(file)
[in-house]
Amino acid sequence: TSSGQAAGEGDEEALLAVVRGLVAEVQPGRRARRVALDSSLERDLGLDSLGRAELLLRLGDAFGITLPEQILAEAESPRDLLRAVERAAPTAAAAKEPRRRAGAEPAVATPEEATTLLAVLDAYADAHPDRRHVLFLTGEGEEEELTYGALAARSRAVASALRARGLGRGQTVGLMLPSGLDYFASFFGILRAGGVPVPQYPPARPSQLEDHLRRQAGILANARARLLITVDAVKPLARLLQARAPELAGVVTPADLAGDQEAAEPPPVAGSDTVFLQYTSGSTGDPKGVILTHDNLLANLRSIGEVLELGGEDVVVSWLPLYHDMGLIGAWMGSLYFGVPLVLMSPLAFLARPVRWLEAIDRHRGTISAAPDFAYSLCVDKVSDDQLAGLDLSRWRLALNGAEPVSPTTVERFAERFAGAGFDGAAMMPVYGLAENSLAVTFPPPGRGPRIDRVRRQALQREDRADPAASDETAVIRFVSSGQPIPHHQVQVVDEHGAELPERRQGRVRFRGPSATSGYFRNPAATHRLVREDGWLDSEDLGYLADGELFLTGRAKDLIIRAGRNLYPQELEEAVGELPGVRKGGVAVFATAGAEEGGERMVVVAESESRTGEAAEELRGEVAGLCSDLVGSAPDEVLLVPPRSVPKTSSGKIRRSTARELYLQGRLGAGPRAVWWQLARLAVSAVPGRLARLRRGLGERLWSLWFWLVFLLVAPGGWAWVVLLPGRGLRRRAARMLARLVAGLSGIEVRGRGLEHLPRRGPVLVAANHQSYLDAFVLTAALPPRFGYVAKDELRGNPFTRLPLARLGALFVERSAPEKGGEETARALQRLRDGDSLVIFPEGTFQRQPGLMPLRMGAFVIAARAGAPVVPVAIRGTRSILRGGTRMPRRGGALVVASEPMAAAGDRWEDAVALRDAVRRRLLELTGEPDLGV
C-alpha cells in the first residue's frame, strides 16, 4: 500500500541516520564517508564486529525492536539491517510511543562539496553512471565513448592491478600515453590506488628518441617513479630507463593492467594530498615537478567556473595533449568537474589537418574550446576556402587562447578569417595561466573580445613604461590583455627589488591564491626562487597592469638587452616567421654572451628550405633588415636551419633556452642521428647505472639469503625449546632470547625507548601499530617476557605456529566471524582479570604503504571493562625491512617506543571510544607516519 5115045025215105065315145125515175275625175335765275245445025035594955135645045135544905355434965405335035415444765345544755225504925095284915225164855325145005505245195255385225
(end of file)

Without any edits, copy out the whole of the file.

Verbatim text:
[in-house]
Amino acid sequence: TSSGQAAGEGDEEALLAVVRGLVAEVQPGRRARRVALDSSLERDLGLDSLGRAELLLRLGDAFGITLPEQILAEAESPRDLLRAVERAAPTAAAAKEPRRRAGAEPAVATPEEATTLLAVLDAYADAHPDRRHVLFLTGEGEEEELTYGALAARSRAVASALRARGLGRGQTVGLMLPSGLDYFASFFGILRAGGVPVPQYPPARPSQLEDHLRRQAGILANARARLLITVDAVKPLARLLQARAPELAGVVTPADLAGDQEAAEPPPVAGSDTVFLQYTSGSTGDPKGVILTHDNLLANLRSIGEVLELGGEDVVVSWLPLYHDMGLIGAWMGSLYFGVPLVLMSPLAFLARPVRWLEAIDRHRGTISAAPDFAYSLCVDKVSDDQLAGLDLSRWRLALNGAEPVSPTTVERFAERFAGAGFDGAAMMPVYGLAENSLAVTFPPPGRGPRIDRVRRQALQREDRADPAASDETAVIRFVSSGQPIPHHQVQVVDEHGAELPERRQGRVRFRGPSATSGYFRNPAATHRLVREDGWLDSEDLGYLADGELFLTGRAKDLIIRAGRNLYPQELEEAVGELPGVRKGGVAVFATAGAEEGGERMVVVAESESRTGEAAEELRGEVAGLCSDLVGSAPDEVLLVPPRSVPKTSSGKIRRSTARELYLQGRLGAGPRAVWWQLARLAVSAVPGRLARLRRGLGERLWSLWFWLVFLLVAPGGWAWVVLLPGRGLRRRAARMLARLVAGLSGIEVRGRGLEHLPRRGPVLVAANHQSYLDAFVLTAALPPRFGYVAKDELRGNPFTRLPLARLGALFVERSAPEKGGEETARALQRLRDGDSLVIFPEGTFQRQPGLMPLRMGAFVIAARAGAPVVPVAIRGTRSILRGGTRMPRRGGALVVASEPMAAAGDRWEDAVALRDAVRRRLLELTGEPDLGV
C-alpha cells in the first residue's frame, strides 16, 4: 500500500541516520564517508564486529525492536539491517510511543562539496553512471565513448592491478600515453590506488628518441617513479630507463593492467594530498615537478567556473595533449568537474589537418574550446576556402587562447578569417595561466573580445613604461590583455627589488591564491626562487597592469638587452616567421654572451628550405633588415636551419633556452642521428647505472639469503625449546632470547625507548601499530617476557605456529566471524582479570604503504571493562625491512617506543571510544607516519 5115045025215105065315145125515175275625175335765275245445025035594955135645045135544905355434965405335035415444765345544755225504925095284915225164855325145005505245195255385225